Frank Sinatra makes first appearance with Tommy Dorsey
In November 1939, in a meeting at the Palmer House in Chicago, IL, Sinatra was asked by bandleader Tommy Dorsey to join his band as a replacement for Jack Leonard who had recently left to launch a solo career.
This meeting represented a turning point in Sinatra's career since by signing with Dorsey's band, one of the hottest bands at the time, he would achieve incredible visibility with the American public. Though Sinatra was still under contract with James, James recognized the opportunity Dorsey offered to Sinatra and graciously released him from his contract. Sinatra remained indebted to James throughout his life and upon hearing of James' death in 1983, stated: "he [James] is the one that made it all possible".
On January 26, 1940, Sinatra made his first public appearance with the Dorsey band at the Coronado Theater in Rockford, IL. In his first year with Dorsey, Sinatra released more than forty songs, with "I'll Never Smile Again" topping the charts for twelve weeks in mid-July.
Due to a punitive contract that awarded Dorsey ⅓ of Sinatra's lifetime earnings in the entertainment industry, Sinatra's relationship with Tommy Dorsey was tenuous
Tommy Dorsey's first band formed out of the remnant of the Joe Haymes band, and his smooth, lyrical trombone style---whether on ballads or on no-holds-barred swingers---became one of the signature sounds of both his band and the Swing Era. The new band hit from almost the moment it signed with RCA Victor with "On Treasure Island," the first of four hits for the new band that year.
The band featured a number of the best instrumentalists in jazz at the time, including trumpeters Bunny Berigan, Ziggy Elman, and Charlie Shavers, trumpeter/arranger/composer Sy Oliver (who wrote "Well, Git 'It" and "Opus One"), drummer Buddy Rich, and singers Jo Stafford, Dick Haymes and Frank Sinatra. Sinatra achieved his first great success as a vocalist in the Dorsey band and claimed he learned breath control from watching Dorsey play trombone. Another member of the Dorsey band probably spent considerable time observing and listening to Sy Oliver's striking arrangements: trombonist Nelson Riddle, whose later partnership as Sinatra's major arranger and conductor is considered to have revolutionised post-World War II popular music.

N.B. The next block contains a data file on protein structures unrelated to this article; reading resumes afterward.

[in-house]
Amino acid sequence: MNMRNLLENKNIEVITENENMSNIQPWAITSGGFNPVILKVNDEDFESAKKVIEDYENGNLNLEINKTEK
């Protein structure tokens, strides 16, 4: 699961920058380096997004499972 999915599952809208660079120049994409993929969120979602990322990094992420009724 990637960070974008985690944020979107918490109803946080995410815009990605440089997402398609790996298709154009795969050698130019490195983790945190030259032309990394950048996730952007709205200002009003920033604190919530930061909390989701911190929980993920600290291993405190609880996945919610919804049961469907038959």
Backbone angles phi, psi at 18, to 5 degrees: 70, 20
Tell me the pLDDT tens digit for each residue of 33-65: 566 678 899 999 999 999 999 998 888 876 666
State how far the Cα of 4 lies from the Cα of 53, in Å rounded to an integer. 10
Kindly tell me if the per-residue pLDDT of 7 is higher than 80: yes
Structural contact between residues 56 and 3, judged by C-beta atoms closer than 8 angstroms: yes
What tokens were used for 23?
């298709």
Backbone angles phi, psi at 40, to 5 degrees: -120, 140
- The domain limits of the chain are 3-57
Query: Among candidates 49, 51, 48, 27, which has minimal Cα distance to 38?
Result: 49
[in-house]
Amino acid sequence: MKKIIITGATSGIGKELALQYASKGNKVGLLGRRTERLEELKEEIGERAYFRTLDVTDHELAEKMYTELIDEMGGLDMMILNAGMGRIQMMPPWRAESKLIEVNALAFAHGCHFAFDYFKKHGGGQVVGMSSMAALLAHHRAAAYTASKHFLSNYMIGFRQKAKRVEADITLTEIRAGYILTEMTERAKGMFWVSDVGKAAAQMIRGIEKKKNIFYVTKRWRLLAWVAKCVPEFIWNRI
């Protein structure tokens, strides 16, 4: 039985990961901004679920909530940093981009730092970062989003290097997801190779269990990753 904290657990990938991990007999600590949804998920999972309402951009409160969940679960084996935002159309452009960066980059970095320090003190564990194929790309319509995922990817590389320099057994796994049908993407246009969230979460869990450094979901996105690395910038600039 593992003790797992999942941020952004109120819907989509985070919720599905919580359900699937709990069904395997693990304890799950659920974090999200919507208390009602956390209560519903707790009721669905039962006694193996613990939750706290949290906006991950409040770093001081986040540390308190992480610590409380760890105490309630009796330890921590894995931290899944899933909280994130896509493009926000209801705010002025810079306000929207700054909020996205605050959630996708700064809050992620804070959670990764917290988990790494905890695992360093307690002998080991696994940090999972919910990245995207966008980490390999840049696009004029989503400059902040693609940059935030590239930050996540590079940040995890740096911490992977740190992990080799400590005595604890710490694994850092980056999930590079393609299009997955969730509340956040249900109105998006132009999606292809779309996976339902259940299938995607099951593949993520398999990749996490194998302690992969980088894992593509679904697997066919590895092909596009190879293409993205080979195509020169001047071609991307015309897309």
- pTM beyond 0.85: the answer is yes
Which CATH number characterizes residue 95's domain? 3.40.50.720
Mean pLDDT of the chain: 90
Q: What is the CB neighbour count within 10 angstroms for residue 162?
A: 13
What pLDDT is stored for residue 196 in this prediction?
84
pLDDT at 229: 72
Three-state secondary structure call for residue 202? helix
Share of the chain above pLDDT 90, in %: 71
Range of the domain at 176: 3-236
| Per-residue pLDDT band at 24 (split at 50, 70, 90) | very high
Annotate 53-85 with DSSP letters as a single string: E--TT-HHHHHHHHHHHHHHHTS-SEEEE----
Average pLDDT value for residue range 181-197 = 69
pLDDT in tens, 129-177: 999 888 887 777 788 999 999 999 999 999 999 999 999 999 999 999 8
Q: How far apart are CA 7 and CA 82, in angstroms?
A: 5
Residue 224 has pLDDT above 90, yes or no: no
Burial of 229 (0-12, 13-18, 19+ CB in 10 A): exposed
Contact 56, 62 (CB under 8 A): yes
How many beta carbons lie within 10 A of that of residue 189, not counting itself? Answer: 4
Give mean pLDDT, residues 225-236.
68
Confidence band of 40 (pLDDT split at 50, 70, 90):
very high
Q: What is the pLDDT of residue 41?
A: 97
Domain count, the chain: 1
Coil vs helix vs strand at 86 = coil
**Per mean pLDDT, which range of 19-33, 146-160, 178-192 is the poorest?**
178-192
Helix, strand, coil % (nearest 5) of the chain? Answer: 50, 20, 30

Dorsey might have broken up his own band permanently following World War II, as many big bands did thanks to the shift in music economics following the war, and he did disband the orchestra at the end of 1946. But a top-ten selling album (All-Time Hits) made it possible for Dorsey to re-organise a big band in early 1947.
Frank Sinatra joined Harry James’s band and recorded ten songs with Harry James for the Brunswick and Columbia labels. Frank Sinatra was then approached by Tommy Dorsey to join his band, which he did. In July he topped the charts with "I'll Never Smile Again" for twelve weeks. He also acted in the film, Las Vegas Nights as a member of the band.